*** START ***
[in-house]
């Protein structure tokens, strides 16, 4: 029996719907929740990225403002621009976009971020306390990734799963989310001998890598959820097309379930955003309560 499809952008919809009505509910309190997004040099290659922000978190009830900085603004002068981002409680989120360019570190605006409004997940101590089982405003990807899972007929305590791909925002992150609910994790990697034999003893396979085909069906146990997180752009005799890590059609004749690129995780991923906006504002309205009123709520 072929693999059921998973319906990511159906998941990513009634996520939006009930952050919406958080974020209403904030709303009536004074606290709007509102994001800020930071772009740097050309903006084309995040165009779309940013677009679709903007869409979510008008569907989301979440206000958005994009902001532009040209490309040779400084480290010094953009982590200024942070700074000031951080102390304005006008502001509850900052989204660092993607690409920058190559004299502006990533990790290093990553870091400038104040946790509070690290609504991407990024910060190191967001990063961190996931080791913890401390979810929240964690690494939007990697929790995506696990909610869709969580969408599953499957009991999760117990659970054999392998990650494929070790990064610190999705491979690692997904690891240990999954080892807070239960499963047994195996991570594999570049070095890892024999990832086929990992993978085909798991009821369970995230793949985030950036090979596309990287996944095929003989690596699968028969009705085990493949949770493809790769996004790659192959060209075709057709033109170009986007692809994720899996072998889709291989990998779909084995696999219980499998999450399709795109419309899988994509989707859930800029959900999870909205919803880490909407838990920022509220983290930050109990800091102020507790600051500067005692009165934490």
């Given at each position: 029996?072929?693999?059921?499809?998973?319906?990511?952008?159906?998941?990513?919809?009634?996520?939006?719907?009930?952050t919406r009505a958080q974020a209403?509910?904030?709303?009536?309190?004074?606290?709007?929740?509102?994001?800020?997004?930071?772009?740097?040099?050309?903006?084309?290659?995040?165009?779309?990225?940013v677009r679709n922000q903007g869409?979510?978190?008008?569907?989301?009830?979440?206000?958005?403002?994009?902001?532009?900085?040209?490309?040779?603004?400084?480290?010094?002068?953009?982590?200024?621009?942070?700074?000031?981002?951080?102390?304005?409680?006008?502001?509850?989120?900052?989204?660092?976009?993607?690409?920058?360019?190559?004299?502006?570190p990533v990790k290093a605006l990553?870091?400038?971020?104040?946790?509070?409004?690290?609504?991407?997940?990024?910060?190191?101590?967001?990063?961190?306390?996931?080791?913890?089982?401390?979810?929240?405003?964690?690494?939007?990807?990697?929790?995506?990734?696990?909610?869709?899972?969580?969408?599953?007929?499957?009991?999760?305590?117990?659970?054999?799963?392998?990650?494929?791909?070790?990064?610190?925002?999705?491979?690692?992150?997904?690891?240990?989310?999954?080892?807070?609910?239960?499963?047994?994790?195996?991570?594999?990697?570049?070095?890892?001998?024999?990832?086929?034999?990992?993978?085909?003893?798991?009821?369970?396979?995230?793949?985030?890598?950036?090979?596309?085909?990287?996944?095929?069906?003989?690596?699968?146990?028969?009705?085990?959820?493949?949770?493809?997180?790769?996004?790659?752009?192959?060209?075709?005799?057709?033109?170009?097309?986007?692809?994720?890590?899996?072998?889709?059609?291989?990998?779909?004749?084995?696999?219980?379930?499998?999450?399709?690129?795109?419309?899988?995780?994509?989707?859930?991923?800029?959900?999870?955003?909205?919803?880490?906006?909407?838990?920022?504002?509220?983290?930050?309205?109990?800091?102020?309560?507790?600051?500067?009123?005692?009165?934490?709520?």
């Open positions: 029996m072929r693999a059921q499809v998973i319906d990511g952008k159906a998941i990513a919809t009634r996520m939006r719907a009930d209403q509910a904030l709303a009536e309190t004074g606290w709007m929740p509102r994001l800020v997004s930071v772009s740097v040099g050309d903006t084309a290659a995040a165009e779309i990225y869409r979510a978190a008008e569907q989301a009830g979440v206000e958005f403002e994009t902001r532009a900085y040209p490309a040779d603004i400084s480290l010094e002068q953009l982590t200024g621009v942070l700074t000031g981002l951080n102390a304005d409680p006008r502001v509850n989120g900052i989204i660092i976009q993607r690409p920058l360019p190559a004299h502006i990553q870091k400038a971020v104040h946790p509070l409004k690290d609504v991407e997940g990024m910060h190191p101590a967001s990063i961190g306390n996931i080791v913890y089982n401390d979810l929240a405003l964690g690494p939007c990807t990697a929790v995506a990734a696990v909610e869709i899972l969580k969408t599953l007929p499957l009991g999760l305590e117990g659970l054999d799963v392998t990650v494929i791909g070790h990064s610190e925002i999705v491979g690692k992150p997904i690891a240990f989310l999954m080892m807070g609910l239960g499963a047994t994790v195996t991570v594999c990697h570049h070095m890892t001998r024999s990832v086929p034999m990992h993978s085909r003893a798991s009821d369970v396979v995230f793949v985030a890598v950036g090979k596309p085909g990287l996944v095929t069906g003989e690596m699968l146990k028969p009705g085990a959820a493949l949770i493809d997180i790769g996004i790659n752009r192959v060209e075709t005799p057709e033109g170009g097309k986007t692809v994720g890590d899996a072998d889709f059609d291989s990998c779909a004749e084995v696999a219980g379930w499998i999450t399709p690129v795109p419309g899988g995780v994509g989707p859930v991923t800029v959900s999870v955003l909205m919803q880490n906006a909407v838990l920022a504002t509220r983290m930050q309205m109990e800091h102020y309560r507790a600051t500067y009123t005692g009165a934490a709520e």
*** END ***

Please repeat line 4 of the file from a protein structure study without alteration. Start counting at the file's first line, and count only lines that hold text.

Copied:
């Open positions: 029996m072929r693999a059921q499809v998973i319906d990511g952008k159906a998941i990513a919809t009634r996520m939006r719907a009930d209403q509910a904030l709303a009536e309190t004074g606290w709007m929740p509102r994001l800020v997004s930071v772009s740097v040099g050309d903006t084309a290659a995040a165009e779309i990225y869409r979510a978190a008008e569907q989301a009830g979440v206000e958005f403002e994009t902001r532009a900085y040209p490309a040779d603004i400084s480290l010094e002068q953009l982590t200024g621009v942070l700074t000031g981002l951080n102390a304005d409680p006008r502001v509850n989120g900052i989204i660092i976009q993607r690409p920058l360019p190559a004299h502006i990553q870091k400038a971020v104040h946790p509070l409004k690290d609504v991407e997940g990024m910060h190191p101590a967001s990063i961190g306390n996931i080791v913890y089982n401390d979810l929240a405003l964690g690494p939007c990807t990697a929790v995506a990734a696990v909610e869709i899972l969580k969408t599953l007929p499957l009991g999760l305590e117990g659970l054999d799963v392998t990650v494929i791909g070790h990064s610190e925002i999705v491979g690692k992150p997904i690891a240990f989310l999954m080892m807070g609910l239960g499963a047994t994790v195996t991570v594999c990697h570049h070095m890892t001998r024999s990832v086929p034999m990992h993978s085909r003893a798991s009821d369970v396979v995230f793949v985030a890598v950036g090979k596309p085909g990287l996944v095929t069906g003989e690596m699968l146990k028969p009705g085990a959820a493949l949770i493809d997180i790769g996004i790659n752009r192959v060209e075709t005799p057709e033109g170009g097309k986007t692809v994720g890590d899996a072998d889709f059609d291989s990998c779909a004749e084995v696999a219980g379930w499998i999450t399709p690129v795109p419309g899988g995780v994509g989707p859930v991923t800029v959900s999870v955003l909205m919803q880490n906006a909407v838990l920022a504002t509220r983290m930050q309205m109990e800091h102020y309560r507790a600051t500067y009123t005692g009165a934490a709520e």